• Supplements with clinically-studied, non-hemp ingredients at dosage levels proven to promote quality sleep
  • Tested for purity and verified free of heavy metals, microbes, and pesticides
  • U.S. manufactured and produced in an FDA-approved, "Good Manufacturing Practices"-compliant facility

Side effects of CBD

Outside of drowsiness and fatigue (which some believe is related to the dosage), no notable side effects have been observed, leading researchers to conclude that CBD is well-tolerated among adults.

Melatonin

What is melatonin?

Melatonin is a hormone produced by the pineal gland in the brain, then released into the bloodstream. Quantities naturally increase as the sun goes down and decrease during daytime hours and exposure to bright light, thus regulating the sleep-wake cycle (aka circadian rhythm).

When it’s produced within our bodies, it goes by the name endogenous melatonin; however, some also choose to supplement their natural levels as a way to effectively adjust and regulate their body's internal clock.

Who melatonin is best for

Melatonin is best for those suffering from circadian rhythm sleep disorders such as:

  • Jet lag
    Officially known as "Rapid Time Zone Change Syndrome," jet lag messes with your sleep times and wake times as you cross into new time zones, especially when traveling east.

  • Shift Work Disorder
    Shift workers with inconsistent schedules have been found to get upwards of four fewer hours of sleep than the average person due to disrupted melatonin production.

  • Delayed Sleep Phase Disorder (DSPS)
    Night owls who fall asleep late but have a hard time getting up in the morning (common with teens and young adults).

  • Advanced Sleep Phase Disorder
    Early birds whose body clock causes them to fall asleep and wake up on the early side (common with older adults).

  • Irregular Sleep-Wake Rhythm Disorder
    When someone's sleep patterns are flipped upside down due to one-too-many naps over a 24-hour period.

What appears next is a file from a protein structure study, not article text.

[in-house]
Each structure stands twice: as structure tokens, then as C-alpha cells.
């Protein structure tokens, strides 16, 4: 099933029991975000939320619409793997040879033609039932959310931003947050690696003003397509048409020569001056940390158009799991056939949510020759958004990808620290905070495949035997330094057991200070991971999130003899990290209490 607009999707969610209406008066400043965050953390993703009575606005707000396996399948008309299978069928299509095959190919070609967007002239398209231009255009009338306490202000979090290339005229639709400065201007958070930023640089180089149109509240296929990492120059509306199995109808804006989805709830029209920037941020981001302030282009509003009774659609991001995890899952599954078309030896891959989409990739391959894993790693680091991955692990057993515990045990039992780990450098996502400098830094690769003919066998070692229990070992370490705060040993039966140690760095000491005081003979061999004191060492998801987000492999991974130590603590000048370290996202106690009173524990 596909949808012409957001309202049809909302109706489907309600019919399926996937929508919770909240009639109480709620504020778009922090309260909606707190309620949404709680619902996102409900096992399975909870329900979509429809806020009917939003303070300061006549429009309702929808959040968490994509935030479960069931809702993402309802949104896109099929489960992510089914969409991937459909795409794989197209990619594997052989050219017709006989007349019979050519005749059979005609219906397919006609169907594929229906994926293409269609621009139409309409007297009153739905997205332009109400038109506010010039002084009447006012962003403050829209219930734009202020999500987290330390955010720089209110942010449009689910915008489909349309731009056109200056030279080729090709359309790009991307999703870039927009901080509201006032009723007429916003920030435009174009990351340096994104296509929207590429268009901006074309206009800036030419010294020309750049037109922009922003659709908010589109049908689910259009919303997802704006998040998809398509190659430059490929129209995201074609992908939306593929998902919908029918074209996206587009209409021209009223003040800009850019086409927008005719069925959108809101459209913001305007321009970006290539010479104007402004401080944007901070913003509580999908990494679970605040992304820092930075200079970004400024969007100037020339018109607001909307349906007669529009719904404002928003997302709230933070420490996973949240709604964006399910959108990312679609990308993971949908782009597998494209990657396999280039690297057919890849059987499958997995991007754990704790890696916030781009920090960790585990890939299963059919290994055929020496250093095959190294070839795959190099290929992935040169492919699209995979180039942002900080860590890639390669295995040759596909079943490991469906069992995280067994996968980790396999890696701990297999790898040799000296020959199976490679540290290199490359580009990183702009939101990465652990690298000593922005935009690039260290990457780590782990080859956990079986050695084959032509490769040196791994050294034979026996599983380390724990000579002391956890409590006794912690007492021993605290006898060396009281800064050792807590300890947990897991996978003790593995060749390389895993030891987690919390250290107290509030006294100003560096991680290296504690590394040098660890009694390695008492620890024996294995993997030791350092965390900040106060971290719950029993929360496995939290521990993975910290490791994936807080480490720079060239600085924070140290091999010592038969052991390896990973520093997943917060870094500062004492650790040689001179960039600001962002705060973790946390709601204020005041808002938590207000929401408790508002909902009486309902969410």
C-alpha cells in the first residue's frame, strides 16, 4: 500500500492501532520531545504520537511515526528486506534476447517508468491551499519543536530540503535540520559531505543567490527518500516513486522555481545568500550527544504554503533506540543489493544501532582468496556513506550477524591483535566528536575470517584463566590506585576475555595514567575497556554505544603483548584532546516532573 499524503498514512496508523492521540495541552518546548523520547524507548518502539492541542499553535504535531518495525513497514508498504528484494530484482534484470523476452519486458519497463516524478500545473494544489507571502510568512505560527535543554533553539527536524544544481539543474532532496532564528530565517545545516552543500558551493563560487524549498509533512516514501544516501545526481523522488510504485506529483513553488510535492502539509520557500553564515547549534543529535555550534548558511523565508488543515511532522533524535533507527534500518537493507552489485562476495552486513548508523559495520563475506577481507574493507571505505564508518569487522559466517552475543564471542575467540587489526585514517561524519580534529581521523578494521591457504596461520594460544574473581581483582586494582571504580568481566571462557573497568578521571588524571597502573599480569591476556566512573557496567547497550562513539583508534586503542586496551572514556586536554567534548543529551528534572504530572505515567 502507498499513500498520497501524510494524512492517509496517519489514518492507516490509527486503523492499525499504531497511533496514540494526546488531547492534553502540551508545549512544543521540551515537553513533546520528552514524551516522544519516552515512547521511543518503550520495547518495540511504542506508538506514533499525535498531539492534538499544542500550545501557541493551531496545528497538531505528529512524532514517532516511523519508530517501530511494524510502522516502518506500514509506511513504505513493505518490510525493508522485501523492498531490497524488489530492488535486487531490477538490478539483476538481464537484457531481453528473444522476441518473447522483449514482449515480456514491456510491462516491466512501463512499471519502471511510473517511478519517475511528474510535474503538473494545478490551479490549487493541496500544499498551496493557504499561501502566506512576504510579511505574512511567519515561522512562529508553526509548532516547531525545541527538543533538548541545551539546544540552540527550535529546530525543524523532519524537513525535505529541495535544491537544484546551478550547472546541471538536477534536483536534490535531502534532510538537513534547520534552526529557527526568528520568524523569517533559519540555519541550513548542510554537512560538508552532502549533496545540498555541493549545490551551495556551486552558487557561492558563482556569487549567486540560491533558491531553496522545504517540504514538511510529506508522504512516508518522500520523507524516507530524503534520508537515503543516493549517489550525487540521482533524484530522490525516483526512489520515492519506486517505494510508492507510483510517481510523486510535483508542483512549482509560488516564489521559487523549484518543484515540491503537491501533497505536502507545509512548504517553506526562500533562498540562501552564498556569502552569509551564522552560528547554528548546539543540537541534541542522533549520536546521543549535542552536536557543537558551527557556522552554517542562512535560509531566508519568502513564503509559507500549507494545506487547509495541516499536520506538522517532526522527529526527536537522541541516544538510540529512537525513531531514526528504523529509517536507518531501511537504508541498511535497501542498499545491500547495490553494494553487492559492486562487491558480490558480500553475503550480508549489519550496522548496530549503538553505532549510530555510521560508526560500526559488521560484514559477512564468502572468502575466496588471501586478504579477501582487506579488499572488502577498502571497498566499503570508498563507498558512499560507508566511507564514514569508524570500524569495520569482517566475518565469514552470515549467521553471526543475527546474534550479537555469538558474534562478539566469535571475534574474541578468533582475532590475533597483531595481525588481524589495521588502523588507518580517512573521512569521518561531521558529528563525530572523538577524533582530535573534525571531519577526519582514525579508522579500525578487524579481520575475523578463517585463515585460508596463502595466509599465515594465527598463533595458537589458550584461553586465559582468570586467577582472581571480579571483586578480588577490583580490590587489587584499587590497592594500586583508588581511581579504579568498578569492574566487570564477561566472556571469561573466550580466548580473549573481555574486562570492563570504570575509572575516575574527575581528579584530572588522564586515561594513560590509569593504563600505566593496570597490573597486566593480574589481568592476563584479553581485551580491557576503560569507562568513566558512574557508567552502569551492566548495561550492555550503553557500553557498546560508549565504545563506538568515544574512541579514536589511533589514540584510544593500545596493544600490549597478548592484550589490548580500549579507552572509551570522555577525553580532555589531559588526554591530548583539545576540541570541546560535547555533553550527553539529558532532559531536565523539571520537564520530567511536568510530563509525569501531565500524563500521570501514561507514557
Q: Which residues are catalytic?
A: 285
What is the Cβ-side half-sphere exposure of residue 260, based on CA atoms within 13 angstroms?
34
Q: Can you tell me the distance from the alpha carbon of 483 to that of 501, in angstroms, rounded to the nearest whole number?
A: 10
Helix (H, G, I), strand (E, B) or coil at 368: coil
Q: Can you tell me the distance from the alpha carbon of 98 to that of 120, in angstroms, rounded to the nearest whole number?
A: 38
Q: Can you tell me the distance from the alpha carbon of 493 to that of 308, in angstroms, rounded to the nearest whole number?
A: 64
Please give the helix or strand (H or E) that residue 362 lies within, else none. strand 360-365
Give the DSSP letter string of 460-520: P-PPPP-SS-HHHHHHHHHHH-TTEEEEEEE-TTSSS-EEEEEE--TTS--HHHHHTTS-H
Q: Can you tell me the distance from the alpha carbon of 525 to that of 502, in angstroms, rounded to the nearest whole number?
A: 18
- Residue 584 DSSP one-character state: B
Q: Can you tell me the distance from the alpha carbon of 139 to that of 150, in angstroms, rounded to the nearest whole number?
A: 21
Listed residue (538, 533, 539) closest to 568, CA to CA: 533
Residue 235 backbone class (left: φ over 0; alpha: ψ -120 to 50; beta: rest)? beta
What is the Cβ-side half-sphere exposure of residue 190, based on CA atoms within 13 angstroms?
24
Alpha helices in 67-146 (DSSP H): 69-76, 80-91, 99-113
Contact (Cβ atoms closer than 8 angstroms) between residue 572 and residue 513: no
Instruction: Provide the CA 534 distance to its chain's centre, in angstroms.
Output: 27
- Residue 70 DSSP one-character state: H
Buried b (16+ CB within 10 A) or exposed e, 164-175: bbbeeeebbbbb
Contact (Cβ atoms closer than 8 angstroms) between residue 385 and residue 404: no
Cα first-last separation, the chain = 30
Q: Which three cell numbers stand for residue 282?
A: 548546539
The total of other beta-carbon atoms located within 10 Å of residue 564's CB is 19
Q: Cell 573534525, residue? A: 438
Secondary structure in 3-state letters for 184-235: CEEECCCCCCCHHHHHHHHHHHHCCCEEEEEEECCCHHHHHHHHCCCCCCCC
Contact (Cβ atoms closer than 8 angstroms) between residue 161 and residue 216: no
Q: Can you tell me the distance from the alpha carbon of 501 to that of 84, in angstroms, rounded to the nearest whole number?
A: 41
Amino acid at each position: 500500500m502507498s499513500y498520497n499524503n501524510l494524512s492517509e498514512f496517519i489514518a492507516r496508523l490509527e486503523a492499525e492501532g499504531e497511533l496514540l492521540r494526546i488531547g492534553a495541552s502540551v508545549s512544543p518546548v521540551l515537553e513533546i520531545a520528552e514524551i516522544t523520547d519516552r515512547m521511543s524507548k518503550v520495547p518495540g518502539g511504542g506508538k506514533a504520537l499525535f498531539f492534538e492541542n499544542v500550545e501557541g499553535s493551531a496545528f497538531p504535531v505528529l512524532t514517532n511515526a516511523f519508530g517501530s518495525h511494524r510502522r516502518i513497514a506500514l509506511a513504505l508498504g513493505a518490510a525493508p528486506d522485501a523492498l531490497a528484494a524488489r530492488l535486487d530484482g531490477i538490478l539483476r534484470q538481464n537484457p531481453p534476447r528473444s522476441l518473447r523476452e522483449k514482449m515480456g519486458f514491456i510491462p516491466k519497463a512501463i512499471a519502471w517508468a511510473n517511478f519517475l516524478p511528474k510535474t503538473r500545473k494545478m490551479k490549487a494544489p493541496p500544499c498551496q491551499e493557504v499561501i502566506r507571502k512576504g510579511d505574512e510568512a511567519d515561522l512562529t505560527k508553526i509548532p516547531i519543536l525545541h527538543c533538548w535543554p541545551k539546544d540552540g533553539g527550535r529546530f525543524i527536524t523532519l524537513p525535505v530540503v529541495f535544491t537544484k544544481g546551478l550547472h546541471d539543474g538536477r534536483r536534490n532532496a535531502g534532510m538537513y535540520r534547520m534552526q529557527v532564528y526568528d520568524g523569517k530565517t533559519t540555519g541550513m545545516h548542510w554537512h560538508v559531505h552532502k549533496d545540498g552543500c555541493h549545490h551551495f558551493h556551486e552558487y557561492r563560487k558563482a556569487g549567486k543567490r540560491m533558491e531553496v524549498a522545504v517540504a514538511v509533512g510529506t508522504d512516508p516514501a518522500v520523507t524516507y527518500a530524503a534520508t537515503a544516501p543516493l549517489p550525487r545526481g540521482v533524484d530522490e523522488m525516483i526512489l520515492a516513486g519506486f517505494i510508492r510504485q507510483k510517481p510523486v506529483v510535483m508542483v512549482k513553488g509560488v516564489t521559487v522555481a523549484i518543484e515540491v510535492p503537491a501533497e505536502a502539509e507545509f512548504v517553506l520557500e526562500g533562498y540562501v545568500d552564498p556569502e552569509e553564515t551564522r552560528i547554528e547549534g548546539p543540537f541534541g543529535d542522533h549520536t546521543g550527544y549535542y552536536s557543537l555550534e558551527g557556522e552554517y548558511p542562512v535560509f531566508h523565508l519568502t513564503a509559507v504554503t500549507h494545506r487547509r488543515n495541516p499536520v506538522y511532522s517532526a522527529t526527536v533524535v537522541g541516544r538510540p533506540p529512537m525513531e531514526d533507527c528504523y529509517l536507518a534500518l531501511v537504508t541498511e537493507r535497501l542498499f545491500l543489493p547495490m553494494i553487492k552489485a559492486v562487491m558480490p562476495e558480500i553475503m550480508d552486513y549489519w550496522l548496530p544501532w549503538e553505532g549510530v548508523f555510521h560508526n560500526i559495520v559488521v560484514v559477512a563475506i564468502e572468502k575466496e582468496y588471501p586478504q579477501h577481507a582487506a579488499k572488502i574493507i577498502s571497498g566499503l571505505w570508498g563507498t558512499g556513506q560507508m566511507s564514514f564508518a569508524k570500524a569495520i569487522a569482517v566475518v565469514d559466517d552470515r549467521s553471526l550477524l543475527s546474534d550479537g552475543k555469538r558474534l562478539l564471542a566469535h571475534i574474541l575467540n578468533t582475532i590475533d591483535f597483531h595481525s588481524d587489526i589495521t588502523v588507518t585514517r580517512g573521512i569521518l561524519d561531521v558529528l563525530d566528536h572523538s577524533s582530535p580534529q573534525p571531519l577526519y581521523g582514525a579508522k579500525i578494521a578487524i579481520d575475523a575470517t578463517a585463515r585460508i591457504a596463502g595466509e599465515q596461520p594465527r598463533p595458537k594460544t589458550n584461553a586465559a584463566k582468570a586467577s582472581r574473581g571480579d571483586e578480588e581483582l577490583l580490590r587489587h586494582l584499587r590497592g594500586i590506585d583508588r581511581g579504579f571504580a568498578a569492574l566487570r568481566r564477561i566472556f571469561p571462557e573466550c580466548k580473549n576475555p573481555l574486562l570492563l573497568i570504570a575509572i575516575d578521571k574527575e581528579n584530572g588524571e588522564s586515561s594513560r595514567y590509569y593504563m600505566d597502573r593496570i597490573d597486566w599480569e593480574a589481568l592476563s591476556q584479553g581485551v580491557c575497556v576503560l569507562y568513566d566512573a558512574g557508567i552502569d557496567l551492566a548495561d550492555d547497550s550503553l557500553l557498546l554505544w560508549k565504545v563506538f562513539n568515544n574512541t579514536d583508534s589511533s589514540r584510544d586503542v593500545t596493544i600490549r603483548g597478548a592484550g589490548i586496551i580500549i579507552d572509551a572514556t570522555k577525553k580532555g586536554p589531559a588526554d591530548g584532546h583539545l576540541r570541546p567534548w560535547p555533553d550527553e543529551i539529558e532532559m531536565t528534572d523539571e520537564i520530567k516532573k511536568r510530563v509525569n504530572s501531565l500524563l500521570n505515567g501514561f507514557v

READ MORE: Guide To Circadian Rhythms

Does melatonin work?

As is the case with all natural sleep supplements, there’s not a one-size-fits-all answer to this question. Your sleep and overall health must be evaluated holistically to help you understand and solve the issue(s) at hand.

That being said, there is research supporting the efficacy of melatonin. One meta-analysis in particular, (3) which compared melatonin against placebo in improving sleep parameters for patients with primary sleep disorders, showed that the supplement reduced sleep latency (the amount of time it takes to fall asleep) by 7.06 minutes and increased total sleep time by 8.25 minutes. Also promising was the fact that trials with a longer duration and higher doses of melatonin demonstrated greater effects on decreasing sleep latency and increasing total sleep time.

How to select melatonin supplements

It's important to do your research to ensure your supplement of choice contains what it says it does and is not contaminated with heavy metals or pesticides. Here's what to look for when selecting a melatonin supplement for short-term or longer-term use:

  • Third-party tested for purity and verified free of heavy metals, microbes, and pesticides
  • U.S. manufactured and produced in a Food & Drug Administration (FDA)-approved, "Good Manufacturing Practices"-compliant facility
  • If the supplement has other ingredients or botanicals, ensure they are standardized to guarantee consistent purity, potency, and efficacy
  • Free of artificial colors or binders
  • Non-GMO and, if it’s important to you, vegan, gluten/dairy/sugar-free

Side effects of melatonin

A small percentage of melatonin users have been found to experience daytime drowsiness, sleepiness, headaches, and dizziness; however, there is no evidence of a risk for serious, clinically significant adverse events (AEs). (4) As a precautionary measure, it’s recommended that users not drive or use machinery for four to five hours after taking melatonin.

READ MORE: The Proper Guide To Melatonin: Uses, Types, Side Effects, + More

Melatonin + CBD are not mutually exclusive

While it’s important to understand the differences between melatonin and CBD as sleep aids, it’s equally as important to recognize that there are supplements containing both, such as Proper’s Sleep + Restore with CBD formulation which, unlike other CBD supplements, was specifically designed to support sleep.

We started with our Core Sleep foundation of four key clinically-studied ingredients at dosage levels proven to promote sleep: Sensoril® Ashwagandha, GABA, Venetron®, and valerian root extract. From there, we added both standard and MicroActive® extended-release melatonin in order to provide sleep support throughout the night. And finally, we added THC-free broad spectrum hemp extract (CBD), omega-3 oil, and terpenes, which emerging science shows may reduce stress and anxiety to further improve sleep quality.

Interested in learning more about the different stages of sleep (both REM sleep and non-REM)? Refer to our complete guide.